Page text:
Unfortunately, those same economic difficulties have meant that interest in taking action on climate change has plummeted, yet one of the major factors in getting us into our current mess was a lack of long-term planning.

If we make the same mistake in relation to climate change, this financial crisis will seem like a minor blip in comparison.

Very little is known about the proposed legislation, except that Minister for Energy Eamon Ryan has suggested it will be modelled on the UK legislation which proposed a 26 per cent reduction in emissions by 2020.

Even that seemingly ambitious target will not be enough. We need to achieve a 40 per cent reduction on 1990 levels by 2020.

All our individual actions, such as avoiding flights, taking public transport and trying to shop for locally produced goods, will come to naught unless structural change happens as well.

Legislation will make our Government accountable, so that positive change is not just some optional extra for the good times.

It will also provide a major incentive for innovation and for investment in new, cleaner energy, which will result in greater employment and more sustainable and community based lifestyles. The transition to a

post-carbon economy offers huge opportunities for Ireland, particularly in the area of renewable wind and wave energy

The United Nations Copenhagen Summit on Climate Change next December has the task of producing a successor to the Kyoto Protocol for after 2012.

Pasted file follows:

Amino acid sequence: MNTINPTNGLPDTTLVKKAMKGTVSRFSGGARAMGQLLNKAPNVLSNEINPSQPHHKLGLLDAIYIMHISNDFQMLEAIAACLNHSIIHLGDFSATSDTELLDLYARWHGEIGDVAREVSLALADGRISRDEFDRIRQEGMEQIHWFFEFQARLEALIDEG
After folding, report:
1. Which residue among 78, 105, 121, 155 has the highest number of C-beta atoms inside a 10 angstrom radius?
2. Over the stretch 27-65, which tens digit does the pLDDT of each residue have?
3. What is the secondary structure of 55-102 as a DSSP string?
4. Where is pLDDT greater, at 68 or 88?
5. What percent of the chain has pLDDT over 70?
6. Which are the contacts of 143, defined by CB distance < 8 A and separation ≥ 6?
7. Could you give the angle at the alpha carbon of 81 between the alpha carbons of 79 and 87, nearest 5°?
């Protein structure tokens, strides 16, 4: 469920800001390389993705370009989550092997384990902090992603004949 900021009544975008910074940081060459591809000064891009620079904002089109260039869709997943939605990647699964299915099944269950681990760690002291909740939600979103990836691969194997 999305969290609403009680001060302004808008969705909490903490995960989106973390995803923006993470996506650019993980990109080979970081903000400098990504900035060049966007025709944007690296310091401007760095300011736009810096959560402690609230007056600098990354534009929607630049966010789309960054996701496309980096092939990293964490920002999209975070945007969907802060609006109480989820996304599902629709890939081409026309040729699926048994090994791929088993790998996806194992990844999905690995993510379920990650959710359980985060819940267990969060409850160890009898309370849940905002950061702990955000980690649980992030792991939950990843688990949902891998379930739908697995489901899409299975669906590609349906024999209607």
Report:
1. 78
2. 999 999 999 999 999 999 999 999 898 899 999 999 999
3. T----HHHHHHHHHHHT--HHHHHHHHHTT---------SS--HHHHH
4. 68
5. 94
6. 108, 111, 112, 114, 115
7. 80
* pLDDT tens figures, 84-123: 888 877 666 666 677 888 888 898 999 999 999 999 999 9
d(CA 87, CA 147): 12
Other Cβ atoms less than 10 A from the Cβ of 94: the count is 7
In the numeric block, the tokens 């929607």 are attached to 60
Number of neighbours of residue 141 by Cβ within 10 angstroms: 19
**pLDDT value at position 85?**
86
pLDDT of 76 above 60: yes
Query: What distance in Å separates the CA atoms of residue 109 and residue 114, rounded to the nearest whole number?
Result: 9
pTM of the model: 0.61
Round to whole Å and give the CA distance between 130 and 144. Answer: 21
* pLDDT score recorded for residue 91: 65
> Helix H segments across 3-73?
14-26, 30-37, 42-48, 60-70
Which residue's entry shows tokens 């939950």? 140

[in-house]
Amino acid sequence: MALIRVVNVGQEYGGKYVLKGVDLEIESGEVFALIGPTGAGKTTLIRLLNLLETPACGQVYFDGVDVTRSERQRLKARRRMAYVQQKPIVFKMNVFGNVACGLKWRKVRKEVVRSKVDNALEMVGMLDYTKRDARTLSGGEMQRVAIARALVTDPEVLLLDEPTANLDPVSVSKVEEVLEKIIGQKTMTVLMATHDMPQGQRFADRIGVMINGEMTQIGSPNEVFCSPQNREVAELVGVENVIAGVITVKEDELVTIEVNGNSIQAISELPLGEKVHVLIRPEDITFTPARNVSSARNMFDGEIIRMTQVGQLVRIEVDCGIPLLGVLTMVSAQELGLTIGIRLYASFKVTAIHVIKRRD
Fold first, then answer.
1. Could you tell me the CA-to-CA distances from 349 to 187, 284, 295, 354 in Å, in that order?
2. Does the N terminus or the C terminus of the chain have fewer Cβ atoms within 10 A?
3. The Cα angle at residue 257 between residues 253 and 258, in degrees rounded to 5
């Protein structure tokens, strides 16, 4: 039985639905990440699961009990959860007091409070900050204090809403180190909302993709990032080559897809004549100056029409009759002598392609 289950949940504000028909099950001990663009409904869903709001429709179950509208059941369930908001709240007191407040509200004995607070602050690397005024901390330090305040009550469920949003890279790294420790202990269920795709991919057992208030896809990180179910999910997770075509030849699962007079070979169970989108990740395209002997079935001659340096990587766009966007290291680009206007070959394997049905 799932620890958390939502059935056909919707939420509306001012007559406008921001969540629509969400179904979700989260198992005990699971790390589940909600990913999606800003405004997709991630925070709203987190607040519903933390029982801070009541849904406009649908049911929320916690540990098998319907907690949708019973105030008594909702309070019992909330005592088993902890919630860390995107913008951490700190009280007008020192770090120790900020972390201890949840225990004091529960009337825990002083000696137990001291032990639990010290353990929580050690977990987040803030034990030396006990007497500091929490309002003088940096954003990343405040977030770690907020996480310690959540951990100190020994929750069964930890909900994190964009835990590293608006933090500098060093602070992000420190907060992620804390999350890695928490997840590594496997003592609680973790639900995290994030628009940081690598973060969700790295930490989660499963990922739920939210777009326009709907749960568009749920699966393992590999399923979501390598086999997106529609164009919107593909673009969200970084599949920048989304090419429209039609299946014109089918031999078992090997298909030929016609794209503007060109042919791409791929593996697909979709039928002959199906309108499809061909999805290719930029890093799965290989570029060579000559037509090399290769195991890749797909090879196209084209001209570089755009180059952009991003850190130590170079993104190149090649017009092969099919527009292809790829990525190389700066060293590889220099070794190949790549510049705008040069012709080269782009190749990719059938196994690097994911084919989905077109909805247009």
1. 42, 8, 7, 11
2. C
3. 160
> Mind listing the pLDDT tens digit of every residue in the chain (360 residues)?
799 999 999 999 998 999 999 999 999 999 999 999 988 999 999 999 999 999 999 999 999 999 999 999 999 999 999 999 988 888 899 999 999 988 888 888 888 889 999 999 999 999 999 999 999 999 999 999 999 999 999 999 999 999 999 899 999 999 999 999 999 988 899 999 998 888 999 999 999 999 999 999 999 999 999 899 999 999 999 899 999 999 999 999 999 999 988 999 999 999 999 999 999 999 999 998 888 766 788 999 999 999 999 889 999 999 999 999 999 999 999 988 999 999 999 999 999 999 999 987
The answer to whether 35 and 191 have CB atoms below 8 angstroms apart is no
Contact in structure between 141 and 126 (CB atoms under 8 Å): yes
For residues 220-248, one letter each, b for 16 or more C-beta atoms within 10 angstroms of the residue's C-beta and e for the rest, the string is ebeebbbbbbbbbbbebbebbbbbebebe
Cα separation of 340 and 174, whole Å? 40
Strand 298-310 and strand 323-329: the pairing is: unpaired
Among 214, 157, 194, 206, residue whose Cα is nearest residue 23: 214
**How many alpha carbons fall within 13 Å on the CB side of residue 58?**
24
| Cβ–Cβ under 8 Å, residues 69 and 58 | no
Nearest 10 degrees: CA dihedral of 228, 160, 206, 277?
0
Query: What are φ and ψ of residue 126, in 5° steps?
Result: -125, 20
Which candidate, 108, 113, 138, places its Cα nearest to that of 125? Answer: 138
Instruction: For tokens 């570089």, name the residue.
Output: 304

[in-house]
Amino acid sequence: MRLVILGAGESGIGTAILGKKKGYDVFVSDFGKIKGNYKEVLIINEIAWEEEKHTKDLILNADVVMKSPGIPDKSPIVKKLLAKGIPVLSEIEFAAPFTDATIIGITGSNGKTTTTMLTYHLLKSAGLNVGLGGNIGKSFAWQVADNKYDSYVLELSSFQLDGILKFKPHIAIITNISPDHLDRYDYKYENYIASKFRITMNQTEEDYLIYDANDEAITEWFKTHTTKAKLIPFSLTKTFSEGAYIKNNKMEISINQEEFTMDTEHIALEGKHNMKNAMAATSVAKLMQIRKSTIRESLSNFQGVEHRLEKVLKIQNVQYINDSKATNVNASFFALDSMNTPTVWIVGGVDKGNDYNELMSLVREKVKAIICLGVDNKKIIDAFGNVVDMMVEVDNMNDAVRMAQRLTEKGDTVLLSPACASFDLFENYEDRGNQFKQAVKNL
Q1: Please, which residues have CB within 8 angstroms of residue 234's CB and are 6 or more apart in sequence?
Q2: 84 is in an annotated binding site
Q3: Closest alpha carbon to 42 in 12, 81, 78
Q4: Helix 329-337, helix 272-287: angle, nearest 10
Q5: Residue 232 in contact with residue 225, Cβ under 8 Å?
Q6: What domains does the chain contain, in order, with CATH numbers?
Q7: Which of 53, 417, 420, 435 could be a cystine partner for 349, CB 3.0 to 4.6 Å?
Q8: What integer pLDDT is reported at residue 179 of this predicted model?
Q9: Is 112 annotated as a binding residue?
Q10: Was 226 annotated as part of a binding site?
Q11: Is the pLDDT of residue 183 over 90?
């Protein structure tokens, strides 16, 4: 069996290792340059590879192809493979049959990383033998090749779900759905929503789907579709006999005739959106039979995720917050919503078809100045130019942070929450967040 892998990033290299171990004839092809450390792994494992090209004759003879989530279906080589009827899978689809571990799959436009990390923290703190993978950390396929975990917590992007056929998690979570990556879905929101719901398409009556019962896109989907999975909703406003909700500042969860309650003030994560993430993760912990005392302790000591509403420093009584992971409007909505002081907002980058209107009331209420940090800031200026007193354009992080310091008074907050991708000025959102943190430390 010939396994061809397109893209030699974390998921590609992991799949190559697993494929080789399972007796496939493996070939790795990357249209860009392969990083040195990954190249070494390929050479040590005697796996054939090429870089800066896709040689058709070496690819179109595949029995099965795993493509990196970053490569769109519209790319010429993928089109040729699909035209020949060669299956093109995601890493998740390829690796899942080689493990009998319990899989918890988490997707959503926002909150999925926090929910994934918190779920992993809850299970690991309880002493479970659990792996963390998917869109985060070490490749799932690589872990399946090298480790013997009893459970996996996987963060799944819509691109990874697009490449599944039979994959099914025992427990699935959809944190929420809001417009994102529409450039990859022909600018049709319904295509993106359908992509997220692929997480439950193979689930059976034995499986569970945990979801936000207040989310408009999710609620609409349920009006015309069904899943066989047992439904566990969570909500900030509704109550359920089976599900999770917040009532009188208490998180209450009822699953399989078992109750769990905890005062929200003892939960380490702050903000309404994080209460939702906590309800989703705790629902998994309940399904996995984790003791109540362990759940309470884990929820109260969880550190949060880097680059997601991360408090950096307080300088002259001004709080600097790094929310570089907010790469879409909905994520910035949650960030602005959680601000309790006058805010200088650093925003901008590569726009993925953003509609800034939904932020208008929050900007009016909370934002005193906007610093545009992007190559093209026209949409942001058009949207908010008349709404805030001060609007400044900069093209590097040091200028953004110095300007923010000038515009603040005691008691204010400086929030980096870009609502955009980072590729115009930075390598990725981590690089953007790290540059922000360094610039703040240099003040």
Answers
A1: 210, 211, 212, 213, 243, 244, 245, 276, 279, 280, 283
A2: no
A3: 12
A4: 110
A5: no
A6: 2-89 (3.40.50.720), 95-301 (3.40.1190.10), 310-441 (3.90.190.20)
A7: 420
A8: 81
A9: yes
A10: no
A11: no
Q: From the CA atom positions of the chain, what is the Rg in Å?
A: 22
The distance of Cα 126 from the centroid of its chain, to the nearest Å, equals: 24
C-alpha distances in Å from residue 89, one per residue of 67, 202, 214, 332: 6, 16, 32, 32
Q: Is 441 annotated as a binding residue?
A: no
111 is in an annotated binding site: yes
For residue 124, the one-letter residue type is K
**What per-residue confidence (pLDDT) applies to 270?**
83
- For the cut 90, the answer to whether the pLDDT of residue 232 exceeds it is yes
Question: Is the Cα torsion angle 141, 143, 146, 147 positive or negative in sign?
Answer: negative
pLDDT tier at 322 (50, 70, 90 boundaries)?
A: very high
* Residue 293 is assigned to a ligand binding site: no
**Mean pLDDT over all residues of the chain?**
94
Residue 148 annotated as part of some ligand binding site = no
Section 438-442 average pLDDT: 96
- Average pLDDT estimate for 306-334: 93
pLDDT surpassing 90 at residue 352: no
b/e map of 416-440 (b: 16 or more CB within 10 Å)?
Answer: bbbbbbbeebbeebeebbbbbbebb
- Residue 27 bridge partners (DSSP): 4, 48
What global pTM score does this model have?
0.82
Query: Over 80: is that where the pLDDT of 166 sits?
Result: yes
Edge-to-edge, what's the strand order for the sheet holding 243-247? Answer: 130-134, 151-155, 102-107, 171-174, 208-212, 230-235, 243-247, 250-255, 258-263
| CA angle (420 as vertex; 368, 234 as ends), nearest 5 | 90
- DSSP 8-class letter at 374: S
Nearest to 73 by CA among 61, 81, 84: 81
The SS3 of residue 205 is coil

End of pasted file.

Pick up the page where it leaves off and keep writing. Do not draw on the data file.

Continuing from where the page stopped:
The next few years are vital because experts agree that unless emissions peak and begin to reduce by 2015, the consequences will be disastrous.

However difficult it will be for developed countries, climate change threatens to overwhelm the humanitarian system and destroy the gains made in developing countries. Poor people in developing countries bear over 90 per cent of the burden, resulting in death, disease, displacement and destitution, yet they are least responsible for creating the problem.

However overwhelmed or helpless we feel, one painless step that we could take would be to take part in the Stop Climate Chaos protest at noon on Sandymount Strand on Saturday, June 13th.

The Metronewspaper is printing special red and blue covers for the event. Participants will use the covers to create images, such as a giant egg-timer, to symbolise time running out. It will be a message to politicians that people want action now. (http://www.stopclimatechaos. ie/)

Every era has its blind spots and sometimes they result in tragic injustices like industrial schools. However, our blind spot in relation to climate change is truly enormous.

If even a fraction of the Doomsday scenarios predicted by climate scientists come true, our children will be asking us questions within in a far shorter time span about why we failed to take action on climate change.